This review was written by Chris “Buttery Wholesmeness” French and may contain Spoilers.
The views and opinions of this review’s author do not necessarily reflect those of Atomic Moo’s; Though they should since we’re trading our views and opinions for a smokes and candy bars.
I sat in the Rat Warrens under the scar that is Las Vegas, awaiting my fate. I’d just murdered the Rat King, and had been placed, in his stead, atop the stinking mound of filth that was his throne. The toothless human errata that inhabited those dark places where more sensible men feared to go (without being fully vested in their hobo-stab-insurance policies, at any rate) swarmed about my feet, some of them hopeless, many of them stupefied by their intoxicants of choice. How, could I turn such a rabble into a force to be reckoned with? How could I bend such a mob to my needs? It was then that a package arrived.
Trog had sent me a book to read. He had been completely immersed in his labors, none of which were even mildly reputable, and had, somehow, been entreated upon to spend his time reading this book, and others like it, and reporting to the entire Over-world about the quality of the craft therein. I happily agreed to do the job in his stead; it would provide a much-needed outlet for me. The job of managing the Warren was difficult. In time, it would become easier, of course. Until then, there was a new book to read…
When Michael Crichton began writing, he used a pen name. I don’t fault him this, as many great writers have used pen names (and many others have used ghostwriters, a practice I find abominable, even though the idea of taking credit for another’s work so appeals to me on a fundamental level that I fear the only real, lasting issue I take is that I don’t, myself, benefit from the practice). However, when I hear an artist has used a pen name, I grow concerned; if the sting of failure falls on a fake name, what reason does one have to write powerfully? In this case, though, I need not have worried at all. Odds On is the story of a plan to rob the Reina, an isolated super-hotel complex and resort that has been situated on a sprawling stone outcropping off the coast of somewhere luxurious. You know the place, even if you Have never seen it on a map. San Tropez. The Canary Islands. Think of beaches, and those that have enough money to stay on them forever, and you have the idea.
At this point, in the interest of full disclosure, I should mention that I do love a well-constructed caper story. There’s something about a well-planned heist that sparks the imagination, and relying on a crew of unknowns produces all sorts of potential for drama. What’s more, this story is particularly hard-edged. Not violent, per se; in fact, when the crew eventually has to stoop to violence to get information, it is jarring, unsettling, and is brilliantly used to show how far things have spun out of control. One of the hooks of the plot is that the man responsible for the plan has run the idea through a computer to iron out any bugs. Using a statistical model that allows for an algorithmic run-down of all the different parts of the plan, he has, in his mind, planned for every possible contingency and has come up, eventually, with a plan that is over 89% sure to work. Every step is tied to a ticking clock, with an allowance built into the plan for each step taking more than one attempt to complete. He’s even planned around the failure of one or more of the steps in entirety, although, as he states, “each deviation from the plan makes the entire venture less certain.” Of course, he didn’t plan on the dames. After all, this is a caper story. You need chicks, and nothing throws a plan off kilter faster than a sloppy romance. To Crichton’s credit, he doesn’t fall into the trap of making every woman in the book a dick-devouring fucksponge. Each female in the book who shows for more than a second or two is there for a reason, and, happily, each is a fully-formed character in her own right. One of them is a nymphomaniac, yes, but even she is not defined by this; it is not the sole driving part of her character, and it causes complications for all of the people involved. All three of the main female interests are strong, capable, and independent, in their way. All have their own lives, and can and do interact with the world in important ways.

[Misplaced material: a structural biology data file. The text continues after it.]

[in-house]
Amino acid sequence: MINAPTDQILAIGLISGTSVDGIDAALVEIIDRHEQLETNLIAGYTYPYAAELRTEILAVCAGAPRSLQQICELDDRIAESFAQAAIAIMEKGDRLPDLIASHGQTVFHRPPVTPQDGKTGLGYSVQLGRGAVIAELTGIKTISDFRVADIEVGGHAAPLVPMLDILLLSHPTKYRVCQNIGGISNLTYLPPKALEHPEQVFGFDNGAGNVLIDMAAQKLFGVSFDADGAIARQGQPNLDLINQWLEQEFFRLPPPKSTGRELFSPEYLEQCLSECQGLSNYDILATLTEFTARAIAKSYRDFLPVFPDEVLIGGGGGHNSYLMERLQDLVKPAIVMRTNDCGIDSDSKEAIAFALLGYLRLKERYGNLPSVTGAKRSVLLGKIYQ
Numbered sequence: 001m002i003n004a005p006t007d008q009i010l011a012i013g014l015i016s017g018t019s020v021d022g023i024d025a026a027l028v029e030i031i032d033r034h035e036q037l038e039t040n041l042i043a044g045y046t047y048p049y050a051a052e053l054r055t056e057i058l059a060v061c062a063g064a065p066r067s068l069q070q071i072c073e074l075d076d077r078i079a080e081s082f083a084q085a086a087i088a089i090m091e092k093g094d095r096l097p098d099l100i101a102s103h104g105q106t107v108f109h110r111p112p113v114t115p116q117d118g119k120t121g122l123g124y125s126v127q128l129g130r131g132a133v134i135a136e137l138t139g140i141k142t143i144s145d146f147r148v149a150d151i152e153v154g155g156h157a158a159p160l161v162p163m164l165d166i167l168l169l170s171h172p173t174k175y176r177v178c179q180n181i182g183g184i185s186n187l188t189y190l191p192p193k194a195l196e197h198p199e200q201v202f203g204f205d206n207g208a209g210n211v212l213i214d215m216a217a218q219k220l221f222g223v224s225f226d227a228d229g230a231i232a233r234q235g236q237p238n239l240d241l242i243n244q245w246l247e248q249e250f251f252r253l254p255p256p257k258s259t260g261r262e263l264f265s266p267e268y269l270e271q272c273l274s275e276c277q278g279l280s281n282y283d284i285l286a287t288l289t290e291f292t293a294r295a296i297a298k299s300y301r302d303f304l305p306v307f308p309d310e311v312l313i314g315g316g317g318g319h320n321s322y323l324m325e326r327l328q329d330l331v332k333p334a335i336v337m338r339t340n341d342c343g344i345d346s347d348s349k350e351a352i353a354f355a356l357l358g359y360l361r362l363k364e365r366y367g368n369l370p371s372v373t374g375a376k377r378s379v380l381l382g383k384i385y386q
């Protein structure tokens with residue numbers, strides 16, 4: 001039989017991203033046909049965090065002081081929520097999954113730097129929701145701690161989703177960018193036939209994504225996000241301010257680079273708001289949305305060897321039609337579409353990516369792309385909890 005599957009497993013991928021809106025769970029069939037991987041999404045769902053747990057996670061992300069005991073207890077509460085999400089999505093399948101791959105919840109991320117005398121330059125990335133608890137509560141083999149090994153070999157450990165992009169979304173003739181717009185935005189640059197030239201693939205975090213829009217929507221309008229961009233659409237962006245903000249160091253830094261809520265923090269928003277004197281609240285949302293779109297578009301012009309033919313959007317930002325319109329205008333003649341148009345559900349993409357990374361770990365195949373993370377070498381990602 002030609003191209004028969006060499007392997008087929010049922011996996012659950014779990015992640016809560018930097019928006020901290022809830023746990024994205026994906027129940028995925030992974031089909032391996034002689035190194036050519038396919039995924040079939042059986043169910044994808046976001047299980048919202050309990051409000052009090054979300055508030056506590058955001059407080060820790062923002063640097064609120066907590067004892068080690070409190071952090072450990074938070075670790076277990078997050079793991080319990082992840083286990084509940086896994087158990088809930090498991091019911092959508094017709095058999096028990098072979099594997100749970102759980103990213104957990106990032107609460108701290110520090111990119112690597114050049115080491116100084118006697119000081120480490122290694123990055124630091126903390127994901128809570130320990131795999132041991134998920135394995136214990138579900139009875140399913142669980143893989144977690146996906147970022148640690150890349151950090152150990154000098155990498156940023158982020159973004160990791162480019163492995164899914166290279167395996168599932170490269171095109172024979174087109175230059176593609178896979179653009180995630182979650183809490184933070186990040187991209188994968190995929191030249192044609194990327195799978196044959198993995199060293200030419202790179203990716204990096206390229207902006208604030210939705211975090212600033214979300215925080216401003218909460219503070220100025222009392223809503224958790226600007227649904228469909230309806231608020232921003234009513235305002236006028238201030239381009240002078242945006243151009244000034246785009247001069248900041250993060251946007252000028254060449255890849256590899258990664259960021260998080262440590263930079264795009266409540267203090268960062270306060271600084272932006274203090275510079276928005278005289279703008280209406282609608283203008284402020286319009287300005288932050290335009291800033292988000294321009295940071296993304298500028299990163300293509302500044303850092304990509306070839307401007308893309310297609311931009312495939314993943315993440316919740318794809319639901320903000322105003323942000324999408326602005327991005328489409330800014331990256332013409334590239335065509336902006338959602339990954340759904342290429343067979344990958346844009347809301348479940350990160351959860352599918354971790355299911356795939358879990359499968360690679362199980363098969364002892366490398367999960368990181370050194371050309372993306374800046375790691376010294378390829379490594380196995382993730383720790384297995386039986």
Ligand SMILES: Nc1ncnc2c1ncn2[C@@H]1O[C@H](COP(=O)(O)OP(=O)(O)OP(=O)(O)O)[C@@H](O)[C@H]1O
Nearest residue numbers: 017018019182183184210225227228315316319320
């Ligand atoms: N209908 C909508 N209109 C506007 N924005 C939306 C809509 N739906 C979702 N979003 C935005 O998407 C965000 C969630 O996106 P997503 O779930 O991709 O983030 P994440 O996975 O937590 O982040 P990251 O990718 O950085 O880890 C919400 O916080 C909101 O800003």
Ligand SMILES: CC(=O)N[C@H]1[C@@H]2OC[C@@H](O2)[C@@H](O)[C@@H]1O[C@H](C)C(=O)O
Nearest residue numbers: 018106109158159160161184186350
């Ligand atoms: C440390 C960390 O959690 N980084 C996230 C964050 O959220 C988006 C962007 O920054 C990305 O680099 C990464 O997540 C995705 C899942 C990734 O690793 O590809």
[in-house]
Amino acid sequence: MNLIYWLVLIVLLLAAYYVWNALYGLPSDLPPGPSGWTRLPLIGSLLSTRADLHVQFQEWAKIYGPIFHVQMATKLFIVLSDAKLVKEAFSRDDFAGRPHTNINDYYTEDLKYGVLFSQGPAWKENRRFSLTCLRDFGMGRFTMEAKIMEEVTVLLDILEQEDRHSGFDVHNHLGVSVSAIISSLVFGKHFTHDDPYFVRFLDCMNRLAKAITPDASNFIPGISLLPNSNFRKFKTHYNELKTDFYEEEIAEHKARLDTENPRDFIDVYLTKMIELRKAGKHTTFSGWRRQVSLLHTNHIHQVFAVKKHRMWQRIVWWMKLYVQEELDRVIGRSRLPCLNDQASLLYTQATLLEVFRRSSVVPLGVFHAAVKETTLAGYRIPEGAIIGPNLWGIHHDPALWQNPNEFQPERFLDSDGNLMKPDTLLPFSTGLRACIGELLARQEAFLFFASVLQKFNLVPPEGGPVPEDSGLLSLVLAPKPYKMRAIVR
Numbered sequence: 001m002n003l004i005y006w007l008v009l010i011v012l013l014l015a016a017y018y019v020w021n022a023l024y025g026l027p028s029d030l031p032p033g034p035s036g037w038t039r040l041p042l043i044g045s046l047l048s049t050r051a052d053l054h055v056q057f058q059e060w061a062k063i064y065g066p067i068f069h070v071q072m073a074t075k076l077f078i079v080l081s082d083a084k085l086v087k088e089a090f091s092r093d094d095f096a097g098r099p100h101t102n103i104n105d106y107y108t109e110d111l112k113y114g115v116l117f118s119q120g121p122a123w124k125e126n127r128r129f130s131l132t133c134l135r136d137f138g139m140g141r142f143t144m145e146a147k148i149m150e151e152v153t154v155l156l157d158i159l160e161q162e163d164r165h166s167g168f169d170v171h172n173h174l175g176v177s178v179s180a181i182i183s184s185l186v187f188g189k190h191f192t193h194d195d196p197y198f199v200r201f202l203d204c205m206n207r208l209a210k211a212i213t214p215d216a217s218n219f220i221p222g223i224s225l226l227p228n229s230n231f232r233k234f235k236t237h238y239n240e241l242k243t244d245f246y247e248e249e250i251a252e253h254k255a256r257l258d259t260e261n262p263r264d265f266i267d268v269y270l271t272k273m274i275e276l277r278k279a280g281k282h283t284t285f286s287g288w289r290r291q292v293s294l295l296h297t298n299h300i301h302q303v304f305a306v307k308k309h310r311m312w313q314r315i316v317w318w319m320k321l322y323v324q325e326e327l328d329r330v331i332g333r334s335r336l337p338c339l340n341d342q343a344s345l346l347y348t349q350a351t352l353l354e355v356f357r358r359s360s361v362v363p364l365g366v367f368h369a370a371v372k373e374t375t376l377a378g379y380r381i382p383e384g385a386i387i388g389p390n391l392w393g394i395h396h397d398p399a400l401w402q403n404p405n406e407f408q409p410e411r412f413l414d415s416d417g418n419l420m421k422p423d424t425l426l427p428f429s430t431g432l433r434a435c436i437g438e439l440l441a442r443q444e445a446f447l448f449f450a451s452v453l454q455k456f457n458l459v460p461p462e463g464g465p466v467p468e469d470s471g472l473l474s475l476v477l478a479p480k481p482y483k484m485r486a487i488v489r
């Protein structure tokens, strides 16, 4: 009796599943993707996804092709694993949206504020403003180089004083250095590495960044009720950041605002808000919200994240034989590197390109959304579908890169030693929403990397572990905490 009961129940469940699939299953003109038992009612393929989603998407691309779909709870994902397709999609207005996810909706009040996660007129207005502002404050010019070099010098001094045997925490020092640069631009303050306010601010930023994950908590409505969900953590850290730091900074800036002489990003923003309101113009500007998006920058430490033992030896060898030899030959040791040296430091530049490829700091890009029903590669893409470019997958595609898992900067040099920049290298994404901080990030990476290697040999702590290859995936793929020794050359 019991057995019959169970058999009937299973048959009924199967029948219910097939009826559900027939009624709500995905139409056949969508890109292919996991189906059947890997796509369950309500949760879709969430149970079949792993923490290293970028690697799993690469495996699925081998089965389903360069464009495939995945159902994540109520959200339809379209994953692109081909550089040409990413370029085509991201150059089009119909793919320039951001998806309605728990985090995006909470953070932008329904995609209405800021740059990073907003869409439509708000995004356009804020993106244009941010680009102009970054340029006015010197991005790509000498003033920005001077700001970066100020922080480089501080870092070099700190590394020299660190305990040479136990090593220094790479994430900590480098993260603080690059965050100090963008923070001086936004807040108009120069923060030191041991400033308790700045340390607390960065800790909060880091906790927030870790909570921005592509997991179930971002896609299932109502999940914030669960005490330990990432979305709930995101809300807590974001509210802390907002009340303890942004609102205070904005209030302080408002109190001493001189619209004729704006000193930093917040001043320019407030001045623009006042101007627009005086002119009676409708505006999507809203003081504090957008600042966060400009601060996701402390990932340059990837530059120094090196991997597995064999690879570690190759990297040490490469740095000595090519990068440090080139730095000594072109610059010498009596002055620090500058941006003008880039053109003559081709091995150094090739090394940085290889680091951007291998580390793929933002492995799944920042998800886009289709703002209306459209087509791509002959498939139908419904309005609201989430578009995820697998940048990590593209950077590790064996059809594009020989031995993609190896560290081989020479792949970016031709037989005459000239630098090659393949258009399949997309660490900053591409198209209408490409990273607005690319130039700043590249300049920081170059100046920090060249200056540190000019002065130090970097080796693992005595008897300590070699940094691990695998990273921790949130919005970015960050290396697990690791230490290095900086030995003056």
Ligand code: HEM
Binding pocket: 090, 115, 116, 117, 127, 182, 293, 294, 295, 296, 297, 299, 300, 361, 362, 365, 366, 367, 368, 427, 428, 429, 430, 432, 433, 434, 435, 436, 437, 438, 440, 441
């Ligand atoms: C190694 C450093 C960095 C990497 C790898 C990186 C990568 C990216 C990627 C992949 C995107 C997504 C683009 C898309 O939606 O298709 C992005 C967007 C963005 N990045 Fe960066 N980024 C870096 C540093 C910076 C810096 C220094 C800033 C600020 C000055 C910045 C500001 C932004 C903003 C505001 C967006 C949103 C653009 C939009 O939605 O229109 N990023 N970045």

There is sex, yes, and it is done correctly. It’s hot, and powerful, and usually serves to outline an issue or defining characteristic of one or both of the characters involved. for me, though, a real draw was that the book was penned so long ago that it serves as a window in time. The computer that the mastermind uses, and references so lovingly, is stationed at a University, where you had to buy time by the hour to run the statistical program that allowed him to perfect his plan. There was no memory in the computer, so he had to use thousands of punch-cards to run it (leading to a simply delicious moment in the book where he was concerned about getting the cards back, since someone else could run his program and deduce the entire plan if they ran the program again). True to the type of story, small issues begin to make themselves known the moment the plan begins. The ticking clock, the lack of communication, the distance the primaries in the plot have to keep in order to not be made as a crew; all of these things were planned for, and on a computer, no less, so they should be fine, but each serves to notch the tension up beautifully.
I enjoyed the book. I felt that it had been a long time since I’d read something so enjoyable, but, then again, I have been otherwise engaged. My suggestion is that, if you enjoy a good caper, you could do a great deal worse.
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